Updated news on the Gambino, Genovese, Bonanno, Lucchese and Colombo Organized Crime Families of New York City.

Wednesday, January 4, 2017

Retired judge agreed to help Genovese captain awaiting trial

The Pasquale's Rigoletto Restaurant in the Bronx has a veal scallopini so good that it swayed a judge to help a suspected mobster with his criminal case.
A reputed mobster made him a veal scallopini he couldn’t refuse.

A retired judge says he agreed to help a suspected mobster awaiting trial only because he likes the food at his Bronx restaurant.

Anthony Fiorella, his sister and his brother-in-law have been regulars at Pasquale’s Rigoletto for several years, he said.

Someone at the Arthur Ave. eatery approached Fiorella several months ago and asked whether he would be willing to help Pasquale "Patsy" Parrello — after whom the restaurant is named — with his case, the judge told the Daily News on Tuesday.

Lawyers for Parrello, who is charged in a massive racketeering conspiracy, had pushed for his release on $2 million bond shortly after his arrest last August.

They argued the community backed the 72-year-old restaurateur and that many, including Fiorella, were willing to guarantee the bond — but asked the federal judge presiding over the case to keep the supporters’ identities under wraps.

While Manhattan Federal Judge Richard Sullivan wound up denying the suspected Genovese capo’s petition on Oct. 31, he only recently decided to unseal the document naming the supporters.

Fiorella was among them, listed as a potential guarantor for the whopping bond. Fiorella started on Brooklyn Housing Court in 1988, and then worked in Bronx Housing Court from 2011 until his retirement in 2013.

Retired Judge Anthony Fiorella is a regular at Pasquale's Rigoletto.

Fiorella doesn’t recall many specifics about the request, except that “there’s never been a bail discussion while we were there (at the restaurant).”

Fiorella wasn’t familiar with Parrello’s lawyers’ pitch — saying at one point, “I never made any representation that I’d be able to pay any money.”

Nevertheless, the 79-year-old former judge said his relationship with Parrello was limited to brief interactions at the Italian restaurant.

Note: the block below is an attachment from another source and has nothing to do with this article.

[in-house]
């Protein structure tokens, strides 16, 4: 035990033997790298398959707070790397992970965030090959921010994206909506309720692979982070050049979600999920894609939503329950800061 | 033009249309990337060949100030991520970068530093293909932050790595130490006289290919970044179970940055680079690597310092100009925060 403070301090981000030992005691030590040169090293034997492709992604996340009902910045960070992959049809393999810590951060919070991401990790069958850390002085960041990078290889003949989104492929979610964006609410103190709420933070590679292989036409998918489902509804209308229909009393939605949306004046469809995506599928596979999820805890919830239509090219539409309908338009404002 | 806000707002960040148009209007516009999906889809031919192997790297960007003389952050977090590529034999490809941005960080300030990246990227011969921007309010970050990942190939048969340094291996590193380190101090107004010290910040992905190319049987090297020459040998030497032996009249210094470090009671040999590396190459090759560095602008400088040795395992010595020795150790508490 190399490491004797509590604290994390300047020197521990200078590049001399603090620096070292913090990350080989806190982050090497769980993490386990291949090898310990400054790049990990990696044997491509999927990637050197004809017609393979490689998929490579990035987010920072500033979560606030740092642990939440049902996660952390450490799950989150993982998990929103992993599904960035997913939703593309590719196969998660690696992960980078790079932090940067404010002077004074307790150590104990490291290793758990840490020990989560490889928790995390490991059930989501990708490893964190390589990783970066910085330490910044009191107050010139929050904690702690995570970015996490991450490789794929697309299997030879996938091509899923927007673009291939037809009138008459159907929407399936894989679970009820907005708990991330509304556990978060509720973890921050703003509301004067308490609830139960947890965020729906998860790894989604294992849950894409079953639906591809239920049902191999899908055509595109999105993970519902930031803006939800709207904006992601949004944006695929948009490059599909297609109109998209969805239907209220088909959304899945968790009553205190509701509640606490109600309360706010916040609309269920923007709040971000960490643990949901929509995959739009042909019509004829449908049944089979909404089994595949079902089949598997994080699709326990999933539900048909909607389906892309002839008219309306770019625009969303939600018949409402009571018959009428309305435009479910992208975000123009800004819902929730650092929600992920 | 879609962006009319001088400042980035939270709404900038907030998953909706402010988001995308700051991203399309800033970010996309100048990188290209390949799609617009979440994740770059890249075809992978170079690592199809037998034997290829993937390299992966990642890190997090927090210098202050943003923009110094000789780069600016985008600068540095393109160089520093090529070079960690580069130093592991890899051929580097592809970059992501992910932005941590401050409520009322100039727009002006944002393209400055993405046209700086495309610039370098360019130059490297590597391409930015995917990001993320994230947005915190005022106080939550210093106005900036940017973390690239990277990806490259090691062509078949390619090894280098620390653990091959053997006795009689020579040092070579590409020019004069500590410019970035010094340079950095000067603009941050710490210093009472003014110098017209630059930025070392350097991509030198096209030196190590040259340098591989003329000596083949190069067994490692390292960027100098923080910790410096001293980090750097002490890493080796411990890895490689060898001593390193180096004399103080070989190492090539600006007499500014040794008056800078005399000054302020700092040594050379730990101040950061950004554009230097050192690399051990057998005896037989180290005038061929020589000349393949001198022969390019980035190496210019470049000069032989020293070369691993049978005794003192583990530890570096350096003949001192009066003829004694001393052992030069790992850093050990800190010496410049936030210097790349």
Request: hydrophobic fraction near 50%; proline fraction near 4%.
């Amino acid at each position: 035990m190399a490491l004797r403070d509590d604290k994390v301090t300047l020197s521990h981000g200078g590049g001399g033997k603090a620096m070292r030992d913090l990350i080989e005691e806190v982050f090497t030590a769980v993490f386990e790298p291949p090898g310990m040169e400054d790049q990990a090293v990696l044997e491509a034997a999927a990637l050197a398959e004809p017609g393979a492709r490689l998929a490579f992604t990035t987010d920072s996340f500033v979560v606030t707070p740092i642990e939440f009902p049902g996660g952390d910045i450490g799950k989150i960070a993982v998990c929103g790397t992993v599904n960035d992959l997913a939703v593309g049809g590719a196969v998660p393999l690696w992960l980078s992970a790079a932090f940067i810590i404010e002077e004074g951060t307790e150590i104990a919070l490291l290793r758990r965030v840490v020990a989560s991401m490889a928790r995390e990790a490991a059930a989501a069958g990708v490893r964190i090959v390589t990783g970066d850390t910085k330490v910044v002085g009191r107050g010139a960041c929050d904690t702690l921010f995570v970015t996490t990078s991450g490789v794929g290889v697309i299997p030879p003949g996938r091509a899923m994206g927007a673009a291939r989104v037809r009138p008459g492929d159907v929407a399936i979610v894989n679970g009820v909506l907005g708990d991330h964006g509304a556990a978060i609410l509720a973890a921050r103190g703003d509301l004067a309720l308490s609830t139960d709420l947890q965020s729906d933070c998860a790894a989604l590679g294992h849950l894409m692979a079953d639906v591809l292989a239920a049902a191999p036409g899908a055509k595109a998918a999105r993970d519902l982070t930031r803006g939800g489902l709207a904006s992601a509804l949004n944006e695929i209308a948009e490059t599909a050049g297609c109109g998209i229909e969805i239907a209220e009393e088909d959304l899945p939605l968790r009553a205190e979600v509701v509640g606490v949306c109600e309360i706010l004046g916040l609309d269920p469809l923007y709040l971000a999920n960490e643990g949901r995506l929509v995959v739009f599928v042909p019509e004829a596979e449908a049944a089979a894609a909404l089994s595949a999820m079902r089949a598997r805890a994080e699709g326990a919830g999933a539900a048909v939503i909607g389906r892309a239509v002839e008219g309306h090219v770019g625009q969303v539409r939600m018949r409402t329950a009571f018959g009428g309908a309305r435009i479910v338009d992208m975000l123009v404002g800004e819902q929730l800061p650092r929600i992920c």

“It’s strictly, ‘Hello, how are you?’ when I was in there,” he said.

“I agreed to try to help him out in some way if he needed help,” Fiorella explained, adding, “The only thing I can say is we’ve been going there for several years and how it happened, I can’t recall.”

Fiorella did, however, know a lot about the food served there.

“The food has always been good,” Fiorella said. “The restaurant is very nice, the people are all great. The employees they have a good attitude and they are very helpful.”

Asked if his decision to help stemmed from the fare, Fiorella enthusiastically said “sure” — and named the veal scallopini as one of his favorite plates.

Fiorella said he didn’t know what Parrello is on the hook for or the status of the case. While Fiorella and his family dined at Pasquale’s Rigoletto this past Saturday — when he ordered chicken Francese — there wasn’t any talk of the criminal proceeding, he said.

Parrello’s lawyers declined to comment on the documents.

Fiorella, who lives on the Upper East Side, said he doesn’t think there’s a problem with offering support to Parrello, even though he had worked in the courts.

“This is after the fact in the sense that I’m retired from the bench,” he said.

Fiorella was raised in East Harlem when there was a lot of mob activity — and it didn’t affect him, he said.

“Growing up in that area, the family knew a few mobsters,” he said. “But that didn’t mean we subscribed to it.”



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